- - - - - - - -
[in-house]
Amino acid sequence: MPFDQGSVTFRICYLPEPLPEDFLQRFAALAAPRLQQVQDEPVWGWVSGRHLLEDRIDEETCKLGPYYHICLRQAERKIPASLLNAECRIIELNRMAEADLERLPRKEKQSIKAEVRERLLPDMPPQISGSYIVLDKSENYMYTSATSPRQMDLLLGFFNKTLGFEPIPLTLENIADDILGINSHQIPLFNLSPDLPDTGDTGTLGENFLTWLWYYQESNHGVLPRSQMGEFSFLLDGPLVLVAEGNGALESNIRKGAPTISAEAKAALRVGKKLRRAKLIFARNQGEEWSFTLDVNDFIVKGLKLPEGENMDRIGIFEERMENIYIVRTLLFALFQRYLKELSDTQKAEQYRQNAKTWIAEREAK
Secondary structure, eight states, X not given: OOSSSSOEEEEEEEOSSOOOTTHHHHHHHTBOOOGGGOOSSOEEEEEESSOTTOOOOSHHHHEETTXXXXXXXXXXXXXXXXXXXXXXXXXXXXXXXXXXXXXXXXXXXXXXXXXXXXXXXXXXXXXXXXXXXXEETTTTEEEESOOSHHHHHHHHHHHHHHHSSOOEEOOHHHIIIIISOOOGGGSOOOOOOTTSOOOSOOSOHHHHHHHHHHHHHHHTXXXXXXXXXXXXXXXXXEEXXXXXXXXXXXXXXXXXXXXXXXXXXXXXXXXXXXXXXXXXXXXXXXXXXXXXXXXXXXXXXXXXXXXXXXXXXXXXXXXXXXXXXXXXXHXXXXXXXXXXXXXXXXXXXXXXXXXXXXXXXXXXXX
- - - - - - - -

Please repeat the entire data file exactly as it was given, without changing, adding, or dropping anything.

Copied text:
[in-house]
Amino acid sequence: MPFDQGSVTFRICYLPEPLPEDFLQRFAALAAPRLQQVQDEPVWGWVSGRHLLEDRIDEETCKLGPYYHICLRQAERKIPASLLNAECRIIELNRMAEADLERLPRKEKQSIKAEVRERLLPDMPPQISGSYIVLDKSENYMYTSATSPRQMDLLLGFFNKTLGFEPIPLTLENIADDILGINSHQIPLFNLSPDLPDTGDTGTLGENFLTWLWYYQESNHGVLPRSQMGEFSFLLDGPLVLVAEGNGALESNIRKGAPTISAEAKAALRVGKKLRRAKLIFARNQGEEWSFTLDVNDFIVKGLKLPEGENMDRIGIFEERMENIYIVRTLLFALFQRYLKELSDTQKAEQYRQNAKTWIAEREAK
Secondary structure, eight states, X not given: OOSSSSOEEEEEEEOSSOOOTTHHHHHHHTBOOOGGGOOSSOEEEEEESSOTTOOOOSHHHHEETTXXXXXXXXXXXXXXXXXXXXXXXXXXXXXXXXXXXXXXXXXXXXXXXXXXXXXXXXXXXXXXXXXXXXEETTTTEEEESOOSHHHHHHHHHHHHHHHSSOOEEOOHHHIIIIISOOOGGGSOOOOOOTTSOOOSOOSOHHHHHHHHHHHHHHHTXXXXXXXXXXXXXXXXXEEXXXXXXXXXXXXXXXXXXXXXXXXXXXXXXXXXXXXXXXXXXXXXXXXXXXXXXXXXXXXXXXXXXXXXXXXXXXXXXXXXXXXXXXXXXHXXXXXXXXXXXXXXXXXXXXXXXXXXXXXXXXXXXX